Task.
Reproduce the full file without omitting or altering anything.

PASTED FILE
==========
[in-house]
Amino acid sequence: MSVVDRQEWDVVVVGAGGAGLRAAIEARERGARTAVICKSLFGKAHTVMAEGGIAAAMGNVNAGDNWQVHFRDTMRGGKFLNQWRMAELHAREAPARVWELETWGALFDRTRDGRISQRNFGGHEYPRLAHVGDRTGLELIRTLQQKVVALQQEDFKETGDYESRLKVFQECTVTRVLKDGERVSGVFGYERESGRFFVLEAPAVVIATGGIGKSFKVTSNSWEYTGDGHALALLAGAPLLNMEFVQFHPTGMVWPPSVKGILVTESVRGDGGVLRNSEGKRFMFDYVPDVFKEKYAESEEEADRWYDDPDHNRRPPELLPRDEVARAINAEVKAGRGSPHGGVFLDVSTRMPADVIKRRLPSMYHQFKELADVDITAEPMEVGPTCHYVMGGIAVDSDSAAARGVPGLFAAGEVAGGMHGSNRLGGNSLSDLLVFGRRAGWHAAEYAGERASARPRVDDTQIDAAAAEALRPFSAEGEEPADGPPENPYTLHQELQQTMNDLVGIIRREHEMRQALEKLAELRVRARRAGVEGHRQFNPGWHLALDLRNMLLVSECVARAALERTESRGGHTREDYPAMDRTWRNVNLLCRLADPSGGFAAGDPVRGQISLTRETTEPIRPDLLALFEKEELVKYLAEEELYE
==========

[in-house]
Amino acid sequence: MSVVDRQEWDVVVVGAGGAGLRAAIEARERGARTAVICKSLFGKAHTVMAEGGIAAAMGNVNAGDNWQVHFRDTMRGGKFLNQWRMAELHAREAPARVWELETWGALFDRTRDGRISQRNFGGHEYPRLAHVGDRTGLELIRTLQQKVVALQQEDFKETGDYESRLKVFQECTVTRVLKDGERVSGVFGYERESGRFFVLEAPAVVIATGGIGKSFKVTSNSWEYTGDGHALALLAGAPLLNMEFVQFHPTGMVWPPSVKGILVTESVRGDGGVLRNSEGKRFMFDYVPDVFKEKYAESEEEADRWYDDPDHNRRPPELLPRDEVARAINAEVKAGRGSPHGGVFLDVSTRMPADVIKRRLPSMYHQFKELADVDITAEPMEVGPTCHYVMGGIAVDSDSAAARGVPGLFAAGEVAGGMHGSNRLGGNSLSDLLVFGRRAGWHAAEYAGERASARPRVDDTQIDAAAAEALRPFSAEGEEPADGPPENPYTLHQELQQTMNDLVGIIRREHEMRQALEKLAELRVRARRAGVEGHRQFNPGWHLALDLRNMLLVSECVARAALERTESRGGHTREDYPAMDRTWRNVNLLCRLADPSGGFAAGDPVRGQISLTRETTEPIRPDLLALFEKEELVKYLAEEELYE